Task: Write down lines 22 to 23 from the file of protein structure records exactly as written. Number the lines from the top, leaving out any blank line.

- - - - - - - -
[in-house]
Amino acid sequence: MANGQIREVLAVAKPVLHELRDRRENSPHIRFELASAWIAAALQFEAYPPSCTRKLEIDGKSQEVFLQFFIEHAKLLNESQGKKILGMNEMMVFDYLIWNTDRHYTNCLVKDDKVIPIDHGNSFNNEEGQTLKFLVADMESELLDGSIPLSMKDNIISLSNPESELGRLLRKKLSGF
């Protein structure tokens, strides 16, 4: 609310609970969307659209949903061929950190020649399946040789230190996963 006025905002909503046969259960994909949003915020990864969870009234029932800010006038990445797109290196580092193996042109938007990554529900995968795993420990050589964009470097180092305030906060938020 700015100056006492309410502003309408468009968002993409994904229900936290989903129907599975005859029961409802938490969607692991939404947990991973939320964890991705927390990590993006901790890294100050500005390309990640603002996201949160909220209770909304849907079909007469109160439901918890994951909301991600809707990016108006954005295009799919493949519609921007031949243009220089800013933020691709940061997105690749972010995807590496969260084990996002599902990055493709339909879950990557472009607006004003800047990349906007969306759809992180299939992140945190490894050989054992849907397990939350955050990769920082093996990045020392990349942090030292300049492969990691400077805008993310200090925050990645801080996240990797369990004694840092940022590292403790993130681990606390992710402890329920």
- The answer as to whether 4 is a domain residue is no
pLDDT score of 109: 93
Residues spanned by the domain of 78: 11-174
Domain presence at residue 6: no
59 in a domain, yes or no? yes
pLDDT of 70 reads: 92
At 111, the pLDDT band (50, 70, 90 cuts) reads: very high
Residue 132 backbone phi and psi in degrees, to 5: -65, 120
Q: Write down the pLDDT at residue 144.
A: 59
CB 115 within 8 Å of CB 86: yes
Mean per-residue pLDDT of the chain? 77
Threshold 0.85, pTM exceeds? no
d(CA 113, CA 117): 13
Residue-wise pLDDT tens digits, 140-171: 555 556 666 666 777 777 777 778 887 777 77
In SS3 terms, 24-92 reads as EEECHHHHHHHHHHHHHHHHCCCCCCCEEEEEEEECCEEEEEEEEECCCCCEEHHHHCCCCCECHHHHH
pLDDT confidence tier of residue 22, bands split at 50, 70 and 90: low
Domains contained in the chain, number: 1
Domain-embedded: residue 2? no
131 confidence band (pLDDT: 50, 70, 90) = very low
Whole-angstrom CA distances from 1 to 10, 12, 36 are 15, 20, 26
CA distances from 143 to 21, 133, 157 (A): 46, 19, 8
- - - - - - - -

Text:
Domain-embedded: residue 2? no
131 confidence band (pLDDT: 50, 70, 90) = very low